6. Cosmetics and Personal Care Products

buying makeup personal care products

When you spend $30 on a lipstick versus $5, are you paying for better ingredients and a better formulation? The answer is yes and no. While pricier lipsticks and other types of cosmetics often have more pigments – meaning more color – the rest of the ingredients are usually the same as less expensive drugstore cosmetics.

The same is often true of skin care products, except for those that are prescription-strength. If you’re dealing with severe acne or have wrinkles that don’t respond to over-the-counter products, it might be worth speaking with your doctor and paying for a pricier prescription-strength alternative. These products often have higher concentrations of active ingredients, such as retinol, and can do more for your skin than anything you’d find on the shelf at a drugstore or department store.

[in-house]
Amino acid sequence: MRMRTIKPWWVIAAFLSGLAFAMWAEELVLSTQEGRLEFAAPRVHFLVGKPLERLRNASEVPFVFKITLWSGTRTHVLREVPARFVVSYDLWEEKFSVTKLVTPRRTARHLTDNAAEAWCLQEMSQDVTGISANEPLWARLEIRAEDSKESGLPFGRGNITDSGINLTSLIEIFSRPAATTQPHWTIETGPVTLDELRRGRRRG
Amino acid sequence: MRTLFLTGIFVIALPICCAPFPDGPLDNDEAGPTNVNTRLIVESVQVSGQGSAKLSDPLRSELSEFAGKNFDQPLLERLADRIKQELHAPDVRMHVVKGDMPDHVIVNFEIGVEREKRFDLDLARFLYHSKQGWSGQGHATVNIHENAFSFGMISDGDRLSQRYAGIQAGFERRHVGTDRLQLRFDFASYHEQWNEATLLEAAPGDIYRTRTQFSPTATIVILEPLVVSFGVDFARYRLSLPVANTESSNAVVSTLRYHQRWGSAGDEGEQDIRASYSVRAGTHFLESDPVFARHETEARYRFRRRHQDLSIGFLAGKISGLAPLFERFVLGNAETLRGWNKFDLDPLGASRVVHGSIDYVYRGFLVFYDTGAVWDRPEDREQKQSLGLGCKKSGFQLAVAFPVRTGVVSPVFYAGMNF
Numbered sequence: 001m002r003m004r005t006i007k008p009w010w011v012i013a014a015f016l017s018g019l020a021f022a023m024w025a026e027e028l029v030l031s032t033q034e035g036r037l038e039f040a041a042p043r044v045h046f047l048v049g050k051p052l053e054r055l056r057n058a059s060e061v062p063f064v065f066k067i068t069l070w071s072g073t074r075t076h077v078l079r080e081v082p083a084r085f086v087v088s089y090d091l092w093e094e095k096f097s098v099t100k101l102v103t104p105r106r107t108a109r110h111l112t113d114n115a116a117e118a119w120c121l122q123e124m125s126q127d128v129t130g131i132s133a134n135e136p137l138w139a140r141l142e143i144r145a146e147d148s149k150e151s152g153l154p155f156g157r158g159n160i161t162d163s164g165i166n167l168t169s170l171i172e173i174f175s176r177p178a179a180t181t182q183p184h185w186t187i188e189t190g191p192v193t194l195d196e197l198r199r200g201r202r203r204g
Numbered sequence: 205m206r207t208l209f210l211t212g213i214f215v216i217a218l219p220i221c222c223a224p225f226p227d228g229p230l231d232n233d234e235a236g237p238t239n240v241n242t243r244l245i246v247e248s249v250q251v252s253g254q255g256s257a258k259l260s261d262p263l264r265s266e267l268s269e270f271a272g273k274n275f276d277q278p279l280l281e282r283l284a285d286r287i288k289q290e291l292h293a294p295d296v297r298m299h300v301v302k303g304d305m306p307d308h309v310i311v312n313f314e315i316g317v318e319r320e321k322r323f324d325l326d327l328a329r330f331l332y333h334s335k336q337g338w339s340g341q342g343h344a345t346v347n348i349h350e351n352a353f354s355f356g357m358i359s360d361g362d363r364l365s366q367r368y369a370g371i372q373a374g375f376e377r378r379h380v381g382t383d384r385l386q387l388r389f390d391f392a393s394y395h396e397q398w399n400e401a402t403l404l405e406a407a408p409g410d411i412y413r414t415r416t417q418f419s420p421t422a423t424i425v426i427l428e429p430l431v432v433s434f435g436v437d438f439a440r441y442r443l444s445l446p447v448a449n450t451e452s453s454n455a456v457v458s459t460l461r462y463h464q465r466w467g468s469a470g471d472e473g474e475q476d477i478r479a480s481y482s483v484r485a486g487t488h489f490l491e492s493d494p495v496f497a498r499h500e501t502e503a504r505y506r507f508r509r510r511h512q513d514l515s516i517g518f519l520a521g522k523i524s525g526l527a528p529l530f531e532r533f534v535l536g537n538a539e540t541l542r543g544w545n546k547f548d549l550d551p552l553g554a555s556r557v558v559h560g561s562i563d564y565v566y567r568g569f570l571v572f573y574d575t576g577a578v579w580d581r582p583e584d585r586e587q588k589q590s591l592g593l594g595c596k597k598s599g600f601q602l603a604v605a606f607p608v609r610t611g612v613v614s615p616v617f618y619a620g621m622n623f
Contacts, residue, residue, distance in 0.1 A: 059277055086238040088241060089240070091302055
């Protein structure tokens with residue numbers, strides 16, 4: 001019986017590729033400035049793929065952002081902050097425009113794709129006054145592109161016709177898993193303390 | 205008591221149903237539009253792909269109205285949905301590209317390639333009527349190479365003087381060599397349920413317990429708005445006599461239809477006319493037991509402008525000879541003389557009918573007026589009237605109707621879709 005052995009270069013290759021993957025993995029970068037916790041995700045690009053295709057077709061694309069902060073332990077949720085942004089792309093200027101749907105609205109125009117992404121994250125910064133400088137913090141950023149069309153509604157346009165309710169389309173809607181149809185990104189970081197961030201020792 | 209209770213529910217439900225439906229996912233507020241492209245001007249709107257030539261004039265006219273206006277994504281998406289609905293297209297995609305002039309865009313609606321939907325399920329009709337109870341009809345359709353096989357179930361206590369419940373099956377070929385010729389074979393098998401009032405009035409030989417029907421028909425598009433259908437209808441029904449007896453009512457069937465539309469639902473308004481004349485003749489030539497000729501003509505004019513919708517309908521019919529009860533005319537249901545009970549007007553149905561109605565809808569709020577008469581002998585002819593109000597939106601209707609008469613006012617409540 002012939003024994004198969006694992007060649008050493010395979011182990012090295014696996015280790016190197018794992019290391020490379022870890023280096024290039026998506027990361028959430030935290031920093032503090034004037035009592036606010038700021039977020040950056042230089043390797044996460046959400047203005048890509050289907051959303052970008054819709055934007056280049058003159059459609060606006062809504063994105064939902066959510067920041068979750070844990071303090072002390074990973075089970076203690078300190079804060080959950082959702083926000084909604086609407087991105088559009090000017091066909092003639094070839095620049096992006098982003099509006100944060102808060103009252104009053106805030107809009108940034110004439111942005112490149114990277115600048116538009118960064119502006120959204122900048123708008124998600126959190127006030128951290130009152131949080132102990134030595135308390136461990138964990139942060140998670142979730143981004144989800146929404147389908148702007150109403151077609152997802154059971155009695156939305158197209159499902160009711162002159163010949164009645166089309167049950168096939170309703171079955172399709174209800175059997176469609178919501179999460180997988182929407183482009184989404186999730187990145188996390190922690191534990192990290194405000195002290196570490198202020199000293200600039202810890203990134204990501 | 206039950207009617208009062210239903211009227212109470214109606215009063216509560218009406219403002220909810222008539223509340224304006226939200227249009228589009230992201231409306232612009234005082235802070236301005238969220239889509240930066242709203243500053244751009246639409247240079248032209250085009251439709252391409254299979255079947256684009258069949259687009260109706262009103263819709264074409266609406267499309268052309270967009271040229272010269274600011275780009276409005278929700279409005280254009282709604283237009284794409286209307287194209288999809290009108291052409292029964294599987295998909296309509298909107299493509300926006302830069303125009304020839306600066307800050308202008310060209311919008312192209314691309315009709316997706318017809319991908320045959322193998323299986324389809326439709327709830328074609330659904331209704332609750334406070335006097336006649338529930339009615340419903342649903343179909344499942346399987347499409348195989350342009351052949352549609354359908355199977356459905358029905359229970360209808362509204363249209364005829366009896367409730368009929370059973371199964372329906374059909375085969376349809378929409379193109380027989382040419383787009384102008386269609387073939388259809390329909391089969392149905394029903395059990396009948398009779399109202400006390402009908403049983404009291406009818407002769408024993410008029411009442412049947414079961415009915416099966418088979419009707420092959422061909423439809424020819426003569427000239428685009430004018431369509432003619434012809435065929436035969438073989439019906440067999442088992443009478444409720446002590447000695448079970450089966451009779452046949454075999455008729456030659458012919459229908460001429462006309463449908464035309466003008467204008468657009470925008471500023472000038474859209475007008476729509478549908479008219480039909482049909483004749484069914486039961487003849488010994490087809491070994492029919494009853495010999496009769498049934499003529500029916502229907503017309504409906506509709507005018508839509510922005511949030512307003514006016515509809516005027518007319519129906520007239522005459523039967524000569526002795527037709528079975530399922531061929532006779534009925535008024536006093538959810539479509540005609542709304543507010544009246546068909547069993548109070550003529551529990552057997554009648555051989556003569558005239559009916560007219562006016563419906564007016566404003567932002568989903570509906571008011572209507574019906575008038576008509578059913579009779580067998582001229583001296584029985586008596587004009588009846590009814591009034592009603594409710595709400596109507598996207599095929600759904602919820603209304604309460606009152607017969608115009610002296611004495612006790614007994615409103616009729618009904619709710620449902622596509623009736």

Consensus: If you love a high-end makeup product, go ahead and splurge on it. However, keep in mind that you can often get the same result from a product you’d buy at the drugstore.

7. Cleaners

cleaning products vinegar

One of the joys of being an adult is getting to clean your home. The type of cleaning products you use can influence whether tidying up is a doable chore or a nightmare. Does it pay to spend more on pricey cleaners?

It all depends on what you’re buying. One of my favorite cleaners is Bon Ami. It’s a powdered cleanser made from limestone. Just a little bit of it is enough to restore shine to a stainless steel sink and to scrub stuck-on food off pans. A can lasts a long time and usually costs around $7.